Inguinal hernia is a condition that appears after a soft tissue, usually portion of the membrane that covers the abdominal cavity or an intestinal part, extends through a weak point in the abdominal muscle. The bulge that is created can be very painful when the person affected coughs, bends or lifts a heavy object.

Inguinal hernia is not very dangerous, but it doesn’t disappear or recovers on it own, so it can result in deadly complications. Because of this fact, it is recommendable to undergo a surgery, particularly if the inguinal hernia is very painful of large, during which the doctor will repair it.



Sometimes there won’t be any obvious symptoms. Often people are unaware they have it, until they visit the doctor for a routine medical examination. However, the created bulge can be also noticed or felt. It is especially obvious if the person is standing and coughing or straining.


The symptoms are:


  • Bulge in the pubic bone area
  • Burning, aching or crowning sensation at the bulge
  • Heavy or draining sensation in the groin
  • Pain and discomfort in the groin especially when bending, coughing or lighting


If the person affected with inguinal hernia cannot push the bulge in, it is a case of incarcerated hernia. That means that the omentum or a loop is trapped in the abdominal area. This condition can lead to strangulated hernia that cuts off the blood supply to the intestines. In this case a surgery is needed as strangulated hernia is a life-threatening condition. The symptoms are: sickness, vomiting, fever, fast hearth rate, sudden pain that quickly becomes stronger and a bulge that becomes red, purple or dark.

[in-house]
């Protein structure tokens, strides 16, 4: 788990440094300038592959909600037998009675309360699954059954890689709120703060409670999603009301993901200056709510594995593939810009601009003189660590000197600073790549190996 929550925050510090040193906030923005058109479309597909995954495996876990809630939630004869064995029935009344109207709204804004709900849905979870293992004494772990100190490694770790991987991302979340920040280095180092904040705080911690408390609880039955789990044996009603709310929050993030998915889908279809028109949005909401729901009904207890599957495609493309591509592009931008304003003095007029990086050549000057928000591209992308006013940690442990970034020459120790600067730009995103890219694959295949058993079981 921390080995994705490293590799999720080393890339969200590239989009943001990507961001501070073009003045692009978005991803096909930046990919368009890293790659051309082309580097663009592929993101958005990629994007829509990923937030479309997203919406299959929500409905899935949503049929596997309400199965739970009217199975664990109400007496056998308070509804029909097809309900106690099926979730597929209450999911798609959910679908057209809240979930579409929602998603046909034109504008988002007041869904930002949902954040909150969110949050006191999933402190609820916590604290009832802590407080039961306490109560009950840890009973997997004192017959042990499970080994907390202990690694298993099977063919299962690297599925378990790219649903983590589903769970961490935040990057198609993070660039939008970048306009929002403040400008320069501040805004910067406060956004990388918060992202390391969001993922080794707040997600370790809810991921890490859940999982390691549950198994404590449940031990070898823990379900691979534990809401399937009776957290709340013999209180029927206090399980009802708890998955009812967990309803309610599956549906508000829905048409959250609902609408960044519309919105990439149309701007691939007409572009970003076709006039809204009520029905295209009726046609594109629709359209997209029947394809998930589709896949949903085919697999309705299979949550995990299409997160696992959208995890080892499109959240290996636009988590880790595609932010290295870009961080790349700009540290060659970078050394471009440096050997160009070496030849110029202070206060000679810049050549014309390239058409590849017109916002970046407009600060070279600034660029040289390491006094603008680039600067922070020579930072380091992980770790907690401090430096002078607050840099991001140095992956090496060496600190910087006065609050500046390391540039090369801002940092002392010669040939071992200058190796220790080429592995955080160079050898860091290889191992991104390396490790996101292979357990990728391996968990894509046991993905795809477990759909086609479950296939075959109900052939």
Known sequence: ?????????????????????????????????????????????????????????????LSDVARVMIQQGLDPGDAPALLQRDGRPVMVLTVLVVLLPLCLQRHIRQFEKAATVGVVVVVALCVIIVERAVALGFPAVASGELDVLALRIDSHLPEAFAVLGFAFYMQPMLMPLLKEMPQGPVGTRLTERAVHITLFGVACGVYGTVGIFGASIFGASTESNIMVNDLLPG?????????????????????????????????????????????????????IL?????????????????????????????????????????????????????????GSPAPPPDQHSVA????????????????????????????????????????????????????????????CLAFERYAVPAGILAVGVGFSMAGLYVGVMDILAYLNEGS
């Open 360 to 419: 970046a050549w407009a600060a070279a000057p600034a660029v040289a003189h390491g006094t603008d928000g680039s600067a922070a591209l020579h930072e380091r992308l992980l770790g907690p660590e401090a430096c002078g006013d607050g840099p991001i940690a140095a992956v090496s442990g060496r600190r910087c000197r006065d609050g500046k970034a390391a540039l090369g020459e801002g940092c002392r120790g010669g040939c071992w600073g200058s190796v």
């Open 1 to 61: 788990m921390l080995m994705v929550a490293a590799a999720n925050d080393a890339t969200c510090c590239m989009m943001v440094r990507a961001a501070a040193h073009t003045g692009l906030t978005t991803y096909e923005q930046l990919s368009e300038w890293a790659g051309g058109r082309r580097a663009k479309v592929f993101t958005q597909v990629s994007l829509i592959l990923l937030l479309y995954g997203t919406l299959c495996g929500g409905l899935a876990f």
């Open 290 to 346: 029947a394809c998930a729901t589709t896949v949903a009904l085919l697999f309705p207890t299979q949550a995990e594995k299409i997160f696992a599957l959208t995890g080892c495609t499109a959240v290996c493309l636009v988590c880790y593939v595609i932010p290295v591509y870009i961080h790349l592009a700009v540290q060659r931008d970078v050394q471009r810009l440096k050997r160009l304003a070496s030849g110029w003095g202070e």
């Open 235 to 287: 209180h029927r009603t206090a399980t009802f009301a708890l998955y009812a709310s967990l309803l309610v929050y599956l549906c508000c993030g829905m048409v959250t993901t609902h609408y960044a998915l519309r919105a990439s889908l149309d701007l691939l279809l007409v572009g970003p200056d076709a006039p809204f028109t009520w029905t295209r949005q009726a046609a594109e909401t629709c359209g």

Inguinal hernia can affect babies and children also. This usually happens because of the weakness in the abdominal wall that is present at birth. The hernia is more visible when the baby is crying, coughing or straining or an older child is standing for a long period of time.



Sometime, there is no apparent reason for inguinal hernia. However it can occur due to:


  • High abdomen pressure
  • Previous weak part in the abdomen
  • Combination of the two aforementioned causes
  • Lifting heavy items
  • Overweight
  • Pregnancy
  • Ascites
  • Straining (when doing a bowel movement or urinating)
  • Prolonged sneezing
  • Lasting coughing


Some inguinal hernias have no apparent cause. Others occur as a result of:


  • Increased pressure within the abdomen
  • A pre-existing weak spot in the abdominal wall
  • A combination of increased pressure within the abdomen and a pre-existing weak spot in the abdominal wall
  • Straining during bowel movements or urination
  • Heavy lifting
  • Fluid in the abdomen (ascites)
  • Pregnancy
  • Excess weight
  • Chronic coughing or sneezing


Risk factors

A person has greater risk for having inguinal hernia when:


  • he is a male (inguinal hernia develops in men and boys more likely)
  • a parent or sibling has the condition
  • he/she has another medical condition, such as cystic fibrosis, lung damage and a chronic cough (from smoking)
  • having a chronic constipation
  • being overweight
  • being pregnant
  • prematurely born
  • works a job that includes a lot of lifting and standing for a long period
  • already had an inguinal hernia



The complications that can happen are:


  • incarcerated hernia
  • strangulation
  • pressure on surrounding tissues



Although the congenital defect that makes a person susceptible to an inguinal hernia cannot be prevented, there are several things can be done in order to diminish straining the abdomen i.e. the abdominal muscles and tissues


  • staying healthy and fit (good exercise and diet plan)
  • eat more foods high in fiber
  • quit smoking
  • avoid lifting heavy items or do it carefully
  • don’t rely only on a hernia truss as wearing such supportive garment is only a temporary solution (before surgery for example) that cannot repair the problem, but only make the person affected feel more comfortable